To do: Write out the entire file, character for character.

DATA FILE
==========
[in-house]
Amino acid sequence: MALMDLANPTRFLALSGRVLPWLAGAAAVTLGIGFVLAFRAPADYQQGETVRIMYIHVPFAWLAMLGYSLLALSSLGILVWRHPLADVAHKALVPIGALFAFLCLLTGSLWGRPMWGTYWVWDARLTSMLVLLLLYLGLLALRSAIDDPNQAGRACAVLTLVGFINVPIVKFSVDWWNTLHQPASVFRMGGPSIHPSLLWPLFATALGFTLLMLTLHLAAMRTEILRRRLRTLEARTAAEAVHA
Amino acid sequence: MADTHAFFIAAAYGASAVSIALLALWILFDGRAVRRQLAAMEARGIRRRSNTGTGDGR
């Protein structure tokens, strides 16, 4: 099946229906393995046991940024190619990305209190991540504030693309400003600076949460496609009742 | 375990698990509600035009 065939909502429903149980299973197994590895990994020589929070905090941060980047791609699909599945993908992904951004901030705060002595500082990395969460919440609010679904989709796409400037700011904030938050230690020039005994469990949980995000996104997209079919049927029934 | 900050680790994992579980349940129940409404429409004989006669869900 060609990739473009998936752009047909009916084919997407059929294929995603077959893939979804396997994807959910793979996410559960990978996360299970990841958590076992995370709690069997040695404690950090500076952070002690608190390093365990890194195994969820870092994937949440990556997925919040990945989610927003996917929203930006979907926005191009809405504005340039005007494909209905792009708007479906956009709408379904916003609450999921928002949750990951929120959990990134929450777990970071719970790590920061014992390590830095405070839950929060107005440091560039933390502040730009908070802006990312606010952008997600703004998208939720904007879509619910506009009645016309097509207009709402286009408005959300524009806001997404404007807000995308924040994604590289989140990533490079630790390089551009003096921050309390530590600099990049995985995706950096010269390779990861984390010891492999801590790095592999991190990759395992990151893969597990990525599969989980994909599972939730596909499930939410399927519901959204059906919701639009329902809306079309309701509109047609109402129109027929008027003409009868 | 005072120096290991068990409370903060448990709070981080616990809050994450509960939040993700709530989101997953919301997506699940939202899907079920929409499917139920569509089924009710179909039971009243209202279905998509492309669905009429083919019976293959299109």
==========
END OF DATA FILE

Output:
[in-house]
Amino acid sequence: MALMDLANPTRFLALSGRVLPWLAGAAAVTLGIGFVLAFRAPADYQQGETVRIMYIHVPFAWLAMLGYSLLALSSLGILVWRHPLADVAHKALVPIGALFAFLCLLTGSLWGRPMWGTYWVWDARLTSMLVLLLLYLGLLALRSAIDDPNQAGRACAVLTLVGFINVPIVKFSVDWWNTLHQPASVFRMGGPSIHPSLLWPLFATALGFTLLMLTLHLAAMRTEILRRRLRTLEARTAAEAVHA
Amino acid sequence: MADTHAFFIAAAYGASAVSIALLALWILFDGRAVRRQLAAMEARGIRRRSNTGTGDGR
């Protein structure tokens, strides 16, 4: 099946229906393995046991940024190619990305209190991540504030693309400003600076949460496609009742 | 375990698990509600035009 065939909502429903149980299973197994590895990994020589929070905090941060980047791609699909599945993908992904951004901030705060002595500082990395969460919440609010679904989709796409400037700011904030938050230690020039005994469990949980995000996104997209079919049927029934 | 900050680790994992579980349940129940409404429409004989006669869900 060609990739473009998936752009047909009916084919997407059929294929995603077959893939979804396997994807959910793979996410559960990978996360299970990841958590076992995370709690069997040695404690950090500076952070002690608190390093365990890194195994969820870092994937949440990556997925919040990945989610927003996917929203930006979907926005191009809405504005340039005007494909209905792009708007479906956009709408379904916003609450999921928002949750990951929120959990990134929450777990970071719970790590920061014992390590830095405070839950929060107005440091560039933390502040730009908070802006990312606010952008997600703004998208939720904007879509619910506009009645016309097509207009709402286009408005959300524009806001997404404007807000995308924040994604590289989140990533490079630790390089551009003096921050309390530590600099990049995985995706950096010269390779990861984390010891492999801590790095592999991190990759395992990151893969597990990525599969989980994909599972939730596909499930939410399927519901959204059906919701639009329902809306079309309701509109047609109402129109027929008027003409009868 | 005072120096290991068990409370903060448990709070981080616990809050994450509960939040993700709530989101997953919301997506699940939202899907079920929409499917139920569509089924009710179909039971009243209202279905998509492309669905009429083919019976293959299109």